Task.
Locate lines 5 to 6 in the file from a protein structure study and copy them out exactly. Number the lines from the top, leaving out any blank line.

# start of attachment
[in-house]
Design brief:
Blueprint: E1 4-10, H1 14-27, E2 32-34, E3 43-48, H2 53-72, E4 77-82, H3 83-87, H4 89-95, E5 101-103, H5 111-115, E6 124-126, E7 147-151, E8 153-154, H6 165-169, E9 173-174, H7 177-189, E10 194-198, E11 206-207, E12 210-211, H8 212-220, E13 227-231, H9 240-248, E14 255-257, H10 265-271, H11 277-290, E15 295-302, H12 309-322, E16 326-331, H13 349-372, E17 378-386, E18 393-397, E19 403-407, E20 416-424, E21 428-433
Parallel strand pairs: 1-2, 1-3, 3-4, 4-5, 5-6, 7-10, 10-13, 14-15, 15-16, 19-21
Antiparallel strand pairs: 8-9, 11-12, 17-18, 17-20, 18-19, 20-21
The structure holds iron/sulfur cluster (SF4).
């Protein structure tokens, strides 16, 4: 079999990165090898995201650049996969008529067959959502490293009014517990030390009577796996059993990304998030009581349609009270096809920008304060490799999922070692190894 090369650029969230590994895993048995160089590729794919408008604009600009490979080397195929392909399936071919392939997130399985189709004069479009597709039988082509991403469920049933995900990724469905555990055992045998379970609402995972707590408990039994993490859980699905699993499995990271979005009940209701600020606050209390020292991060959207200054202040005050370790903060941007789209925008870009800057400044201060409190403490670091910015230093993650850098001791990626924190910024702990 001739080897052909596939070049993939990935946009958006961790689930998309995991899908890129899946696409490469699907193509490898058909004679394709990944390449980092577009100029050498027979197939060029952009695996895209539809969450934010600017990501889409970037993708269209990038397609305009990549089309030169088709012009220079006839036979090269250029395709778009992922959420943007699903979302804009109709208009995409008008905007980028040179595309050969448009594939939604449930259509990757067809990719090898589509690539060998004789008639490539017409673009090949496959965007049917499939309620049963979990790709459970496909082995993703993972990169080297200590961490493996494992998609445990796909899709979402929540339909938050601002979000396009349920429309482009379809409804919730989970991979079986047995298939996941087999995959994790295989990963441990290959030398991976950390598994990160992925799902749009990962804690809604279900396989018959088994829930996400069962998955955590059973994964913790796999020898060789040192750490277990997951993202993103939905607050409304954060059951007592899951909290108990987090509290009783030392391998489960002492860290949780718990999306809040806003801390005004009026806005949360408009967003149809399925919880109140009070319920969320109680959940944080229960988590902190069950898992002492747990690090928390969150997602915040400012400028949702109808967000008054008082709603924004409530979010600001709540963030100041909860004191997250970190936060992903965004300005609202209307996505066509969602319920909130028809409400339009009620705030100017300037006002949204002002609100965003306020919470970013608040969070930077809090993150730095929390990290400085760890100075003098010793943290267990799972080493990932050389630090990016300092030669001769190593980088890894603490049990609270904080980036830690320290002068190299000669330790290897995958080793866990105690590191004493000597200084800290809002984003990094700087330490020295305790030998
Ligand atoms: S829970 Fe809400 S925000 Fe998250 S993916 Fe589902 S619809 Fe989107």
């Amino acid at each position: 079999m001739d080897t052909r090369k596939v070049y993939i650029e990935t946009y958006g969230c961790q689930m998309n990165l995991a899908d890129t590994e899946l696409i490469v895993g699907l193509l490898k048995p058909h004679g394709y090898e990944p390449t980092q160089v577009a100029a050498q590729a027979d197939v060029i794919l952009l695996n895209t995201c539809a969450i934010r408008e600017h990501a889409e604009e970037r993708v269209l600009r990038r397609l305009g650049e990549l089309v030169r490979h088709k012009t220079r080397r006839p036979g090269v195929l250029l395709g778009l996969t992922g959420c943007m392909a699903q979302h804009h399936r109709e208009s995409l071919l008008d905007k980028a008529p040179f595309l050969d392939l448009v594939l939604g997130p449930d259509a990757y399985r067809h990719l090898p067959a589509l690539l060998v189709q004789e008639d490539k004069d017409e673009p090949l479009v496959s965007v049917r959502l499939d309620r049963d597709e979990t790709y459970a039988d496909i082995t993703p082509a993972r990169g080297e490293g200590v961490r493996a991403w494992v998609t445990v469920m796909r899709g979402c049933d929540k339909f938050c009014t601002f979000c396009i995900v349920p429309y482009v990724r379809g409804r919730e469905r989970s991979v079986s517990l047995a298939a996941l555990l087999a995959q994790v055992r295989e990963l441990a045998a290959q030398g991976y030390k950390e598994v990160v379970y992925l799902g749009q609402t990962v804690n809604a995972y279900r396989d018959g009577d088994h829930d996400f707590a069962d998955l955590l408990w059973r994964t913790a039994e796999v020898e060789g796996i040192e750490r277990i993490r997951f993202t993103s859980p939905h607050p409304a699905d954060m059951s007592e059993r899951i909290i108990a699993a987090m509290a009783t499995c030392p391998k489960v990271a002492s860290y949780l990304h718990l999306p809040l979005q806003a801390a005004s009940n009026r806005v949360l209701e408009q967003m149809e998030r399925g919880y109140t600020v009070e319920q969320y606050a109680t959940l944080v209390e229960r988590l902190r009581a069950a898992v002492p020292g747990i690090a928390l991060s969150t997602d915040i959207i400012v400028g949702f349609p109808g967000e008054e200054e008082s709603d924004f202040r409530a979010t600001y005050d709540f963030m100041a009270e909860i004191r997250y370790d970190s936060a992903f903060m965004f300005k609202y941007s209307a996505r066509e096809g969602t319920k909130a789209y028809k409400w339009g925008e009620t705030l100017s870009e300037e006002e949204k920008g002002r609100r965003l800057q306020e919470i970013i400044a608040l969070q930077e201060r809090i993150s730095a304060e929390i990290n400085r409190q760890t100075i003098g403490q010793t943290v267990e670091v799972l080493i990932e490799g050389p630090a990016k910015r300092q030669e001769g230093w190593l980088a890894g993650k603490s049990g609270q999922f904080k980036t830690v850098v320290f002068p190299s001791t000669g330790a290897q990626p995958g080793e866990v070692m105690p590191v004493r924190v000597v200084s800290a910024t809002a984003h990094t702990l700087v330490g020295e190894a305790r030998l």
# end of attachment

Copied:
Antiparallel strand pairs: 8-9, 11-12, 17-18, 17-20, 18-19, 20-21
The structure holds iron/sulfur cluster (SF4).